Israeli bitcoiners take note: a handful of Knesset members are seeking to ease Israel’s hefty taxation of cryptocurrencies.
Four Knesset members from the nationalist Yisrael Beiteinu party on Tuesday introduced a draft bill that would effectively end Israel’s 25% capital gains tax on bitcoin by redefining certain “distributed digital currencies” as currency, instead of a taxable asset.
- The proposed re-designation applies to cryptocurrencies with: a distributed issuance network, a 1 billion shekel ($288 million) market cap or more, a general use purpose and an independent origin story.
- Bitcoin and certain other cryptocurrencies meet these criteria, according to the bill authors: Oded Forer, Evgeny Sova, Yulia Malinovsky and Alex Kushnir.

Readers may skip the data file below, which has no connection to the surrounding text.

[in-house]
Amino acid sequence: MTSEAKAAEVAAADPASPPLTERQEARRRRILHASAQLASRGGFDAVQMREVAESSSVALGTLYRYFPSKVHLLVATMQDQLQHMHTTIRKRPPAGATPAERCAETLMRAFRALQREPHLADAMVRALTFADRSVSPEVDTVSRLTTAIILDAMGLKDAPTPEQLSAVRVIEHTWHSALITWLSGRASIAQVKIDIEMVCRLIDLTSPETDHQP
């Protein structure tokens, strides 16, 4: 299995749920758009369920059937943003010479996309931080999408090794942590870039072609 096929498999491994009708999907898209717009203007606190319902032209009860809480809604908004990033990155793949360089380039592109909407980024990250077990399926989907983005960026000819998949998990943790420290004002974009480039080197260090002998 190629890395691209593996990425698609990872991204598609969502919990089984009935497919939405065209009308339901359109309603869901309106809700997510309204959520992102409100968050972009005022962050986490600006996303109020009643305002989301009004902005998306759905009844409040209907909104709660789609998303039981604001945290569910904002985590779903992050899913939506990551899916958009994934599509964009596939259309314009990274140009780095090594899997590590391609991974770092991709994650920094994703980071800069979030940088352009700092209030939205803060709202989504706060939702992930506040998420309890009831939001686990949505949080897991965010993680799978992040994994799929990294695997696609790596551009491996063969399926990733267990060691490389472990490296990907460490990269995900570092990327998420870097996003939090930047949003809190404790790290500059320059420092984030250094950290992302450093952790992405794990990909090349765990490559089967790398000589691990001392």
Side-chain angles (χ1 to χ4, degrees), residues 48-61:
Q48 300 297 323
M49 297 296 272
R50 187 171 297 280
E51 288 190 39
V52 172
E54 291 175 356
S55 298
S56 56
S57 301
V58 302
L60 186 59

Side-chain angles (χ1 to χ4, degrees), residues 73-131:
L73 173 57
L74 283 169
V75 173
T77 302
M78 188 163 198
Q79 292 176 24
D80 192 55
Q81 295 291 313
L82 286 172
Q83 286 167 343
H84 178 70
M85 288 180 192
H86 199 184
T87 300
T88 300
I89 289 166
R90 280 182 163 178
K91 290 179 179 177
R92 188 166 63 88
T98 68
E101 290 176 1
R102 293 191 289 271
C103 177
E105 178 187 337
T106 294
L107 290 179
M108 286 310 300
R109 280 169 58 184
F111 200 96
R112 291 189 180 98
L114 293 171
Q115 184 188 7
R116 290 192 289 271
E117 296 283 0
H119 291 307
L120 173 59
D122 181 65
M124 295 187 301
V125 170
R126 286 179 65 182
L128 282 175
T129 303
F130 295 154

- “This regulatory clarity will create commercial certainty and allow more digital currencies to enter the Israeli market,” the lawmakers wrote in their proposal.
- Defining cryptos as currency would simplify Israeli bitcoiners’ tax burden and make qualifying coins a more attractive payment mechanism, according to the measure.
- The Yisrael Beiteinu party is part of Israel’s parliamentary opposition, making passage unlikely without backing from members of the majority.
- Forer did not respond to a request for additional comment.